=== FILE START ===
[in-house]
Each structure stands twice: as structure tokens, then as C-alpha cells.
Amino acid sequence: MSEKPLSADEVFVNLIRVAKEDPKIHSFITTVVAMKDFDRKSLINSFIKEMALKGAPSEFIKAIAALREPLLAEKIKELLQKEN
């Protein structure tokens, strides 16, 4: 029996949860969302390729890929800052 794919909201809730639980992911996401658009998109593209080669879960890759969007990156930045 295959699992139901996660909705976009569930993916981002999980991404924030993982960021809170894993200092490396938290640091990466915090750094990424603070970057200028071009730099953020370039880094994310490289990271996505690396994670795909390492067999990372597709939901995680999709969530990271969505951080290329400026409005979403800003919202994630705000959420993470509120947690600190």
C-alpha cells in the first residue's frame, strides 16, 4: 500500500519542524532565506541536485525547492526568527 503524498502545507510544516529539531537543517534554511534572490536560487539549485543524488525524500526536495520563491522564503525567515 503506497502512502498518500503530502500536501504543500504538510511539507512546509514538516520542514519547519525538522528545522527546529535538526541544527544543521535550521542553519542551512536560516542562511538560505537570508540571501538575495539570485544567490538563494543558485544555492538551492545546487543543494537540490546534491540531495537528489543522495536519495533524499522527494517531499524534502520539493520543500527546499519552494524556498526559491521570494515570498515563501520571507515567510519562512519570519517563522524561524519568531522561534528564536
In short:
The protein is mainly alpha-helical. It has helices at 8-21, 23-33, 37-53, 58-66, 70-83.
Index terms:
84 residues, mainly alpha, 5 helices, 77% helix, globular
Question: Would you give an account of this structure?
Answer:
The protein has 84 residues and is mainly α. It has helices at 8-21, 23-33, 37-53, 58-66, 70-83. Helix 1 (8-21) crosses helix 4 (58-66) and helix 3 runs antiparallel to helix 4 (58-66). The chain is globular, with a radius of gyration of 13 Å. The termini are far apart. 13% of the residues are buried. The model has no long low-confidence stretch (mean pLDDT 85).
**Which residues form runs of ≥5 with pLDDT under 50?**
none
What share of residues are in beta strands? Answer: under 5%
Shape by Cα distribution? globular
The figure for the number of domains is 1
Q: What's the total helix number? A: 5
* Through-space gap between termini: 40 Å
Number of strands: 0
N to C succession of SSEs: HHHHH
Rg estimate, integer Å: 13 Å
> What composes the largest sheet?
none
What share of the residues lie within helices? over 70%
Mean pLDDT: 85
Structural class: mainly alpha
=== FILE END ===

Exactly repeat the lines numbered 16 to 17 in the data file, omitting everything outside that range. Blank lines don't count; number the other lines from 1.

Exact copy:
Shape by Cα distribution? globular
The figure for the number of domains is 1